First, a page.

This exhibition explores the career of Grant Featherston, arguably Australia’s most significant modernist designer, and his partnership with Mary Featherston, who is renowned for her design for children. Beginning with the question of what stimulated a country boy to become a designer in the late 1930s, it charts Featherston’s rise to celebrity status in the 1950s and how his work captured the imagination of ordinary Australians in their quest to be modern. Tracing his explorations of new materials and technologies and production of innovative furniture throughout the 1960s and 70s, the exhibition and accompanying publication highlight the holistic nature of his practice, which included interiors, exhibitions, photography, glass, sculpture and promotional design.
An unapologetic idealist, Grant Featherston believed design should benefit all and campaigned for professional, aesthetic and environmental standards. He shared this vision of design for life and social responsibility with his partner Mary, with whom he established Featherston Design in 1965. Beginning with the Montreal 1967 Expo Chair they focused on culturally and socially significant projects, and experimented with the potential of plastics to produce beautiful, affordable design for all.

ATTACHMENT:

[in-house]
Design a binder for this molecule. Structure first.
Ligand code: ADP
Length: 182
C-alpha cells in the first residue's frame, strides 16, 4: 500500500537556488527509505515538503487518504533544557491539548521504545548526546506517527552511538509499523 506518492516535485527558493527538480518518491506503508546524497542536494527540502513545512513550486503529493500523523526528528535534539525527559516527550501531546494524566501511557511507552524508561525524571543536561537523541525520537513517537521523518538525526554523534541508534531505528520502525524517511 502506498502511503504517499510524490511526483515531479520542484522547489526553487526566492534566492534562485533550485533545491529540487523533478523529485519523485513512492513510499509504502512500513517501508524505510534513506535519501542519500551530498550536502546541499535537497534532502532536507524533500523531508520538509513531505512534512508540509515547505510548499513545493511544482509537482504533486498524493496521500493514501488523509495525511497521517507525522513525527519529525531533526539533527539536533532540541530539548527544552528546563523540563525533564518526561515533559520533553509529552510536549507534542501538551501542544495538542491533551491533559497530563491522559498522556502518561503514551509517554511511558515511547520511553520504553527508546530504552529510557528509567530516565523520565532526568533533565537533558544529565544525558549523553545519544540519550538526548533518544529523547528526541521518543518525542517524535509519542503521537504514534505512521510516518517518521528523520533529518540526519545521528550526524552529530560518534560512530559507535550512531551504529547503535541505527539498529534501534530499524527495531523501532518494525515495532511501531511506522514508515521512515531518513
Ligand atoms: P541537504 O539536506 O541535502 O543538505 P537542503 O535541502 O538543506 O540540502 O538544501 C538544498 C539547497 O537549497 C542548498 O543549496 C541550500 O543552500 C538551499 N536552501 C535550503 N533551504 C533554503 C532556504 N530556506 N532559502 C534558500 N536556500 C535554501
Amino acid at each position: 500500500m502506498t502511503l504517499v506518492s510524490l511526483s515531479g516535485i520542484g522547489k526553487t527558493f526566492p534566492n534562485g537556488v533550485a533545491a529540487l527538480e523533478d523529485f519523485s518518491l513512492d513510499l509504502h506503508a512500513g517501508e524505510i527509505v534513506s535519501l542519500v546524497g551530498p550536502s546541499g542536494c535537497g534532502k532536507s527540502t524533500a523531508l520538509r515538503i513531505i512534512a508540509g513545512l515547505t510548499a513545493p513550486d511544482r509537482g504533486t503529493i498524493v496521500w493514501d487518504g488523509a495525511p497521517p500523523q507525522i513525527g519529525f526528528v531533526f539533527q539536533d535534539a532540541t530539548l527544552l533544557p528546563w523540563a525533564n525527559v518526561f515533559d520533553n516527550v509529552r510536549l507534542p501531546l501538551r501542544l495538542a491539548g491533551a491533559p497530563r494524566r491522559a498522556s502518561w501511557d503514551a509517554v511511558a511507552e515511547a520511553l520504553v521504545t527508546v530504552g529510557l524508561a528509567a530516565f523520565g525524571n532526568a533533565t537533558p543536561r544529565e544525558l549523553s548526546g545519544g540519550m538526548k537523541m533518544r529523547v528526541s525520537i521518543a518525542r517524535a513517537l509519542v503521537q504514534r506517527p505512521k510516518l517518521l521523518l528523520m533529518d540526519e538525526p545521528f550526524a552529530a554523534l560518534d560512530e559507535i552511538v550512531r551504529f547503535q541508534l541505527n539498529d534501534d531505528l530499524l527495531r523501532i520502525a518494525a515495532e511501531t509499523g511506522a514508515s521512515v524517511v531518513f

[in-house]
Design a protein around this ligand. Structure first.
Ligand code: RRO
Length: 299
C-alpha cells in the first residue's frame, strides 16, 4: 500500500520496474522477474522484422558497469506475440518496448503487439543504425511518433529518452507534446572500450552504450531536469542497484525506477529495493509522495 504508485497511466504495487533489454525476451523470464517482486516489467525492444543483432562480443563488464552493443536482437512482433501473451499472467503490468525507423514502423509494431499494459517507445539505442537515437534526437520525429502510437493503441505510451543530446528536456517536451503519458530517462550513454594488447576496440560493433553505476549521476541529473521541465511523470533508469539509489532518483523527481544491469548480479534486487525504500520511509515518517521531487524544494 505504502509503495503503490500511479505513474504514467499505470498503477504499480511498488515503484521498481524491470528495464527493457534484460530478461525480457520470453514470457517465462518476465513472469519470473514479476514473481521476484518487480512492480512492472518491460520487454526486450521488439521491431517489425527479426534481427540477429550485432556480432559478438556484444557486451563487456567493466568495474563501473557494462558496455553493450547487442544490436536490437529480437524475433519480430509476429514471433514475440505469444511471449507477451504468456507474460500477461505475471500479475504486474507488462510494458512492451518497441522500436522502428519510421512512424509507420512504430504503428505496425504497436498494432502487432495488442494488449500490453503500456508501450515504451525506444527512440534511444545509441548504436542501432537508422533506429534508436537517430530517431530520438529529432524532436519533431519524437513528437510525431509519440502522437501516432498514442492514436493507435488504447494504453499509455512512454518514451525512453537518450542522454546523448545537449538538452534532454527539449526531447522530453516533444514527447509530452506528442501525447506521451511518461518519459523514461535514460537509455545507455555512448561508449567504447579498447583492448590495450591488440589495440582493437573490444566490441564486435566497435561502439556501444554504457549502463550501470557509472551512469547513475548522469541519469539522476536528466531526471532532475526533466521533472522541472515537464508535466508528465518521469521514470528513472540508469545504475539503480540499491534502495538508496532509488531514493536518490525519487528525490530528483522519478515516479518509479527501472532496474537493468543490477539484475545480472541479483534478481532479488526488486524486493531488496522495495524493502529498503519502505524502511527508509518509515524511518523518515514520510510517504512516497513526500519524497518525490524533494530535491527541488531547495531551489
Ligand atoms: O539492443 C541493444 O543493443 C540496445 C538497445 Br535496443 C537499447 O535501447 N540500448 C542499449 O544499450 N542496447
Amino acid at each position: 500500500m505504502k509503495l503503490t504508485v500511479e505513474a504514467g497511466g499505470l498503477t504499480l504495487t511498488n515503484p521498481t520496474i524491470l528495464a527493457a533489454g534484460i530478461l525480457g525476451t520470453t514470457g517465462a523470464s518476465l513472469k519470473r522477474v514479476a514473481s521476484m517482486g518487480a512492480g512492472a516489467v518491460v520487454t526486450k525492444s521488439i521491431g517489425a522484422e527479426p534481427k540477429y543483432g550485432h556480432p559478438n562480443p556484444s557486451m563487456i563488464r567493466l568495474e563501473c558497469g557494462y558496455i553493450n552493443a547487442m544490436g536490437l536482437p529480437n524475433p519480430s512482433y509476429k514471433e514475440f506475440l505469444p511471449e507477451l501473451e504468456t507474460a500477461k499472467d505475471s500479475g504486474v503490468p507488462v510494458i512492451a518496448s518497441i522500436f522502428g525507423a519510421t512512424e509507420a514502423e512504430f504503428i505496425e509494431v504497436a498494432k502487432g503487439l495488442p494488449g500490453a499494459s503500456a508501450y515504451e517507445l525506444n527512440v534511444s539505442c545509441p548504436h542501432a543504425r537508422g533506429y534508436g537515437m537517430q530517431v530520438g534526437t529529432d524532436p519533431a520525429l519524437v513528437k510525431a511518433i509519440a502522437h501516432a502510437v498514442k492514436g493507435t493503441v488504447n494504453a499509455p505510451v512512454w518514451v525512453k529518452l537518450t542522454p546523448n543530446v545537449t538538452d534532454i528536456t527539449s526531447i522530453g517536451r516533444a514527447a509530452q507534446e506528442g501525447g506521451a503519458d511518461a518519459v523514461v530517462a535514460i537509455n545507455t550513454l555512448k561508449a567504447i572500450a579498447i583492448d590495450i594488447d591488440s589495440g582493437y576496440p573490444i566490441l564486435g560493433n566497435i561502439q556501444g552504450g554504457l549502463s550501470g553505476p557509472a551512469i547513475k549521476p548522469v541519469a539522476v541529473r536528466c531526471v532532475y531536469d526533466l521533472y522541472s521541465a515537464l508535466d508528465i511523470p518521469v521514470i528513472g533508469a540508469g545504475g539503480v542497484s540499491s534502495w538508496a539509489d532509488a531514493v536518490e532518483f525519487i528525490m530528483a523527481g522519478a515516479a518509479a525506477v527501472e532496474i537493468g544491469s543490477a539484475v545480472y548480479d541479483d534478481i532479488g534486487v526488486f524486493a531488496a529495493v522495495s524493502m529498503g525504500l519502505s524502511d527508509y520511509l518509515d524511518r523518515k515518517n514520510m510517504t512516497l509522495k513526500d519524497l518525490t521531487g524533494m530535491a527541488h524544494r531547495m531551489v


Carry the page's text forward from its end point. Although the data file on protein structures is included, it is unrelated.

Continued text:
The home of John and Sunday Reed between 1935 and 1967, the Heide I cottage was a hub of progressive thinking and modernist ideas that centred on art, but which extended to literature, politics and...
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